#SAAIDS2019: Three things to know about the ECHO study

Activists say there is little urgency to provide adequate medical care to the transgender community in South Africa. (File photo)

The much-anticipated results of the first-of-its-kind study investigating the risk of HIV in women using three different birth control methods are finally out. The world has been waiting to find out whether South Africa’s most popular birth control — Depot medroxyprogesterone acetate (commonly known as Depo Provera) — increases women’s risk of HIV.

For three decades, observational research has suggested there may be a risk of HIV infection.

The lack of certainty of whether using Depo-Provera is linked to a higher risk of HIV infection in women has been dubbed as a “public health conundrum”, said Tim Mastro, chief science officer at FHI360 and a member of the ECHO management committee that led the study.

The research was conducted to determine whether this three-month injection, as well as two other contraception methods (a 10-year copper IUD and a two-month progestin-only injection) increase women’s risk of HIV. It was conducted in eSwatini, South Africa, Zambia and Kenya and enrolled more than 7,800 women. Nine of the 12 sites were in South Africa.

Previous data from observational studies have suggested some correlation, but there hasn’t been a clear outcome. Until now.

So, what does this study reveal? Health-e News breaks it down for you.

  1. Depo Provera ≠ HIV

There is no risk of HIV infection among women using any of the selected three contraceptives, the study found. But more importantly, the confusion regarding South Africa’s most used birth control Depo Provera can finally be brought to an end.

“After decades of uncertainty, we finally have high-quality scientific evidence about the potential relationship between three different types of contraceptives and the risk of HIV from a rigorous randomised clinical trial,” said Helen Rees, Wits RHI executive director and a member of the ECHO management committee that led the study.

  1. HIV infection rate is ‘sobering’

Although all’s well when it comes to the contraceptives’ risks of HIV, there were still infections during the study. Researchers found an alarmingly high HIV rate among the participants.

Close to 400 of the 7,829 women who took part in the study were infected with HIV during the trial. This means about four in every 100 women were infected with the virus each year.

“[There were] 143 HIV infections in women who used Depo Provera, 138 from those on the copper-bearing IUD and 116 in women who used a levonorgestrel implant,” said Dr Jared Baeten, a member of the ECHO management team.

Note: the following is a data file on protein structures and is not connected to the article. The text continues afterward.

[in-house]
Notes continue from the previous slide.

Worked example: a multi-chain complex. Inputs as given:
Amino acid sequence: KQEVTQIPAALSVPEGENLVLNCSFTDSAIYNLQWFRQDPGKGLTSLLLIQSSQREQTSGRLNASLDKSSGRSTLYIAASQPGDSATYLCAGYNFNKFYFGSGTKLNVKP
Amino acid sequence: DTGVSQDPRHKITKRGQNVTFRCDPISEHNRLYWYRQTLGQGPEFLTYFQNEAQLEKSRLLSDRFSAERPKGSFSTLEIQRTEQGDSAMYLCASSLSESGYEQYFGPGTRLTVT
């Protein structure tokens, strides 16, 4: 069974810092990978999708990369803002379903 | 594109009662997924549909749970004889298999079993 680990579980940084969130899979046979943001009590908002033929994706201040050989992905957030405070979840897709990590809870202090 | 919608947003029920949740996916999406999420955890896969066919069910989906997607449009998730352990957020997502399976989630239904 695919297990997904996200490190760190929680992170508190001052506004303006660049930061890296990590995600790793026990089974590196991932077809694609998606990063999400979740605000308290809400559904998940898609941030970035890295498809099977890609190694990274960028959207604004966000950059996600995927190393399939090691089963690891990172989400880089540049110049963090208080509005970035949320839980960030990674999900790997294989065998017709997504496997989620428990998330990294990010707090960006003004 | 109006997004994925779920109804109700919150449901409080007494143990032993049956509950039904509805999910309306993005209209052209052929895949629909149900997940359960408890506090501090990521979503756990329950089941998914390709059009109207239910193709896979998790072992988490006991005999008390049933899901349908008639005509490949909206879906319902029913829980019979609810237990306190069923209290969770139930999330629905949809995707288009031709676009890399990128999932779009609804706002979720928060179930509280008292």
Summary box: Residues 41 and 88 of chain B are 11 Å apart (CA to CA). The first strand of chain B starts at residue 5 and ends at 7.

Half of the study participants reported not using a condom the last time they had sex, he added.

Additionally, sexually transmitted infections were common at the start of the trial; with 18% having chlamydia, 5% gonorrhoea and 38% with the herpes simplex virus.

“The study highlights the need to step up HIV prevention efforts in these high-burden countries — particularly for young women,” said Dr Rachel Baggaley from the World Health Organisation’s HIV and Hepatitis Department.

“Women deserve better access to HIV testing and prevention in family planning settings. Women already have contact with healthcare workers, it’s an ideal opportunity not only to receive contraception choices but also to be offered HIV testing and a range of prevention,” she said.

  1. All’s clear, but Depo must still go

Activists have welcomed the clarity regarding the link between HIV and birth control methods, especially Depo Provera. However, some feel that the research doesn’t address the concerns and questions about the usage of the three-month injection.

“The HIV risk is not the only thing we are worried about,” said Yvette Raphael, the global community advisory group member of the study.

“Our concerns are that this is the only long-acting method available for too many black and brown women who want choices, dislike side effects and deserve equity with high-quality contraceptive programmes in high-income countries.”

Raphael said that girls and young women are forced into using Depo Provera by health workers in public clinics and hospitals.

Mpumalanga-based Nomcebo Khoza told Health-e that she had never been given a choice between the injection and pills.

“The nurse told me to use Depo Provera injection because they felt I will fail to take my pills every day,” she said. – Health-e News

An edited version of this story was published by Health24.


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